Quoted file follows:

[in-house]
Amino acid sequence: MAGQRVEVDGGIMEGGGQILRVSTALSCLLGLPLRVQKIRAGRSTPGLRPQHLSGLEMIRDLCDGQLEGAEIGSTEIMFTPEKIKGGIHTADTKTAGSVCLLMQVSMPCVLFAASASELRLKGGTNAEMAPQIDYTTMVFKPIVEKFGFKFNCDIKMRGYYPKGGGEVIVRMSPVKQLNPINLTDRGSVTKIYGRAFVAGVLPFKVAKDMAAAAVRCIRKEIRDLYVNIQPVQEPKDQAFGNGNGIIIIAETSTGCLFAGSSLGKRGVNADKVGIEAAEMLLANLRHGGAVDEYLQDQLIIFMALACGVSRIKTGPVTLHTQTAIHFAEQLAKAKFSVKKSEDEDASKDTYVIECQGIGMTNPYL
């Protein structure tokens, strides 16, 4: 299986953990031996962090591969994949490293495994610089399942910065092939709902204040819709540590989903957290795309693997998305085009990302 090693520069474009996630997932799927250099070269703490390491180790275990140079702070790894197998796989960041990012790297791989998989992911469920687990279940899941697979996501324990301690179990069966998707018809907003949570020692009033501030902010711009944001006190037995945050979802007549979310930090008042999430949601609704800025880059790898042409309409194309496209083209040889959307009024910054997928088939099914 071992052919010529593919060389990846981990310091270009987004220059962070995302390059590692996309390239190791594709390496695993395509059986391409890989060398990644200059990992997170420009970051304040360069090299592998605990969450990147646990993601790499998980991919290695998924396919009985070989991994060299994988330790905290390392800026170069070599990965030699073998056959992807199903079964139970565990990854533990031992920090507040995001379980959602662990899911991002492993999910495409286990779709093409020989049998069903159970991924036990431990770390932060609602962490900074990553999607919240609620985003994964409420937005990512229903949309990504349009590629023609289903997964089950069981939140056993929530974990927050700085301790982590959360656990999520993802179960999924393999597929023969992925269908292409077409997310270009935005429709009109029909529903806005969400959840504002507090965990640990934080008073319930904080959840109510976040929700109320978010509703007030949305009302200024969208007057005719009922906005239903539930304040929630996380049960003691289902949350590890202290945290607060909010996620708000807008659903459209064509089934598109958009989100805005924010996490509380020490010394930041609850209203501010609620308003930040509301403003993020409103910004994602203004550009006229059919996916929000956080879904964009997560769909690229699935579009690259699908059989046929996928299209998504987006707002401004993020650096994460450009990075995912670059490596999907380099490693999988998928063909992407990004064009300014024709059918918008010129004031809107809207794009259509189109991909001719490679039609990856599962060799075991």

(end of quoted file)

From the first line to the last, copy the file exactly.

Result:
[in-house]
Amino acid sequence: MAGQRVEVDGGIMEGGGQILRVSTALSCLLGLPLRVQKIRAGRSTPGLRPQHLSGLEMIRDLCDGQLEGAEIGSTEIMFTPEKIKGGIHTADTKTAGSVCLLMQVSMPCVLFAASASELRLKGGTNAEMAPQIDYTTMVFKPIVEKFGFKFNCDIKMRGYYPKGGGEVIVRMSPVKQLNPINLTDRGSVTKIYGRAFVAGVLPFKVAKDMAAAAVRCIRKEIRDLYVNIQPVQEPKDQAFGNGNGIIIIAETSTGCLFAGSSLGKRGVNADKVGIEAAEMLLANLRHGGAVDEYLQDQLIIFMALACGVSRIKTGPVTLHTQTAIHFAEQLAKAKFSVKKSEDEDASKDTYVIECQGIGMTNPYL
């Protein structure tokens, strides 16, 4: 299986953990031996962090591969994949490293495994610089399942910065092939709902204040819709540590989903957290795309693997998305085009990302 090693520069474009996630997932799927250099070269703490390491180790275990140079702070790894197998796989960041990012790297791989998989992911469920687990279940899941697979996501324990301690179990069966998707018809907003949570020692009033501030902010711009944001006190037995945050979802007549979310930090008042999430949601609704800025880059790898042409309409194309496209083209040889959307009024910054997928088939099914 071992052919010529593919060389990846981990310091270009987004220059962070995302390059590692996309390239190791594709390496695993395509059986391409890989060398990644200059990992997170420009970051304040360069090299592998605990969450990147646990993601790499998980991919290695998924396919009985070989991994060299994988330790905290390392800026170069070599990965030699073998056959992807199903079964139970565990990854533990031992920090507040995001379980959602662990899911991002492993999910495409286990779709093409020989049998069903159970991924036990431990770390932060609602962490900074990553999607919240609620985003994964409420937005990512229903949309990504349009590629023609289903997964089950069981939140056993929530974990927050700085301790982590959360656990999520993802179960999924393999597929023969992925269908292409077409997310270009935005429709009109029909529903806005969400959840504002507090965990640990934080008073319930904080959840109510976040929700109320978010509703007030949305009302200024969208007057005719009922906005239903539930304040929630996380049960003691289902949350590890202290945290607060909010996620708000807008659903459209064509089934598109958009989100805005924010996490509380020490010394930041609850209203501010609620308003930040509301403003993020409103910004994602203004550009006229059919996916929000956080879904964009997560769909690229699935579009690259699908059989046929996928299209998504987006707002401004993020650096994460450009990075995912670059490596999907380099490693999988998928063909992407990004064009300014024709059918918008010129004031809107809207794009259509189109991909001719490679039609990856599962060799075991």